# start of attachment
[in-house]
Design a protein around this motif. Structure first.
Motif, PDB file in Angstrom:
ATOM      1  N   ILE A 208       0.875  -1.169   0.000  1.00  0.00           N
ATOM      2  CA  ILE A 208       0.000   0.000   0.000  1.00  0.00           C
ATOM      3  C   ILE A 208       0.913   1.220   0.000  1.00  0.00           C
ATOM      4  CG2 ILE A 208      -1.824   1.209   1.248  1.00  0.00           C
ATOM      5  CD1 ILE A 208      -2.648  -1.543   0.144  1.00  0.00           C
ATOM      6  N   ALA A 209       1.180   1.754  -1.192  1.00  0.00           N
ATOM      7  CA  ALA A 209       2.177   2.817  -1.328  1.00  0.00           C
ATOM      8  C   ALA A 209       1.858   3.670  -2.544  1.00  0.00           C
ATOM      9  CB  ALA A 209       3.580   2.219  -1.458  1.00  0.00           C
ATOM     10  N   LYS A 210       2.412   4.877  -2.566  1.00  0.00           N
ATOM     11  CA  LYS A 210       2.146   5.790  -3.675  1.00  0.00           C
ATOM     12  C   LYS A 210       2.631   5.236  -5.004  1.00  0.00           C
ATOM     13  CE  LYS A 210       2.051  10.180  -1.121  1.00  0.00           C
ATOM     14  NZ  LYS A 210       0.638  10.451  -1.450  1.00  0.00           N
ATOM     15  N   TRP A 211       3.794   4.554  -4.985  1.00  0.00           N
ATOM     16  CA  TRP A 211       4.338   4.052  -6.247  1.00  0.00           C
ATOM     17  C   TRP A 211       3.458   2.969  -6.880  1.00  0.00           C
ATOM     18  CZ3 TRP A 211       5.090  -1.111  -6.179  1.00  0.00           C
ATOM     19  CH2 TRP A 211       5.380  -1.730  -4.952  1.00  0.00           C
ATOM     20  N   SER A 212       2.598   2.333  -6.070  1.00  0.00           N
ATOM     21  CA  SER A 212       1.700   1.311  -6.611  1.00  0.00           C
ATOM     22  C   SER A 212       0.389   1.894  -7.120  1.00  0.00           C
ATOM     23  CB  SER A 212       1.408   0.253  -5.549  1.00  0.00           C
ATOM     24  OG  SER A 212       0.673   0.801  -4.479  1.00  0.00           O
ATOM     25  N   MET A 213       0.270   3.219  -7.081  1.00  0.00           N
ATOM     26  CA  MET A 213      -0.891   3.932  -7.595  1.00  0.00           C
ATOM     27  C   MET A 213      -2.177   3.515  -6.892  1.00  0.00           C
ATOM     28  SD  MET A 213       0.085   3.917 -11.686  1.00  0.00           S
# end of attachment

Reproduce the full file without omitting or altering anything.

[in-house]
Design a protein around this motif. Structure first.
Motif, PDB file in Angstrom:
ATOM      1  N   ILE A 208       0.875  -1.169   0.000  1.00  0.00           N
ATOM      2  CA  ILE A 208       0.000   0.000   0.000  1.00  0.00           C
ATOM      3  C   ILE A 208       0.913   1.220   0.000  1.00  0.00           C
ATOM      4  CG2 ILE A 208      -1.824   1.209   1.248  1.00  0.00           C
ATOM      5  CD1 ILE A 208      -2.648  -1.543   0.144  1.00  0.00           C
ATOM      6  N   ALA A 209       1.180   1.754  -1.192  1.00  0.00           N
ATOM      7  CA  ALA A 209       2.177   2.817  -1.328  1.00  0.00           C
ATOM      8  C   ALA A 209       1.858   3.670  -2.544  1.00  0.00           C
ATOM      9  CB  ALA A 209       3.580   2.219  -1.458  1.00  0.00           C
ATOM     10  N   LYS A 210       2.412   4.877  -2.566  1.00  0.00           N
ATOM     11  CA  LYS A 210       2.146   5.790  -3.675  1.00  0.00           C
ATOM     12  C   LYS A 210       2.631   5.236  -5.004  1.00  0.00           C
ATOM     13  CE  LYS A 210       2.051  10.180  -1.121  1.00  0.00           C
ATOM     14  NZ  LYS A 210       0.638  10.451  -1.450  1.00  0.00           N
ATOM     15  N   TRP A 211       3.794   4.554  -4.985  1.00  0.00           N
ATOM     16  CA  TRP A 211       4.338   4.052  -6.247  1.00  0.00           C
ATOM     17  C   TRP A 211       3.458   2.969  -6.880  1.00  0.00           C
ATOM     18  CZ3 TRP A 211       5.090  -1.111  -6.179  1.00  0.00           C
ATOM     19  CH2 TRP A 211       5.380  -1.730  -4.952  1.00  0.00           C
ATOM     20  N   SER A 212       2.598   2.333  -6.070  1.00  0.00           N
ATOM     21  CA  SER A 212       1.700   1.311  -6.611  1.00  0.00           C
ATOM     22  C   SER A 212       0.389   1.894  -7.120  1.00  0.00           C
ATOM     23  CB  SER A 212       1.408   0.253  -5.549  1.00  0.00           C
ATOM     24  OG  SER A 212       0.673   0.801  -4.479  1.00  0.00           O
ATOM     25  N   MET A 213       0.270   3.219  -7.081  1.00  0.00           N
ATOM     26  CA  MET A 213      -0.891   3.932  -7.595  1.00  0.00           C
ATOM     27  C   MET A 213      -2.177   3.515  -6.892  1.00  0.00           C
ATOM     28  SD  MET A 213       0.085   3.917 -11.686  1.00  0.00           S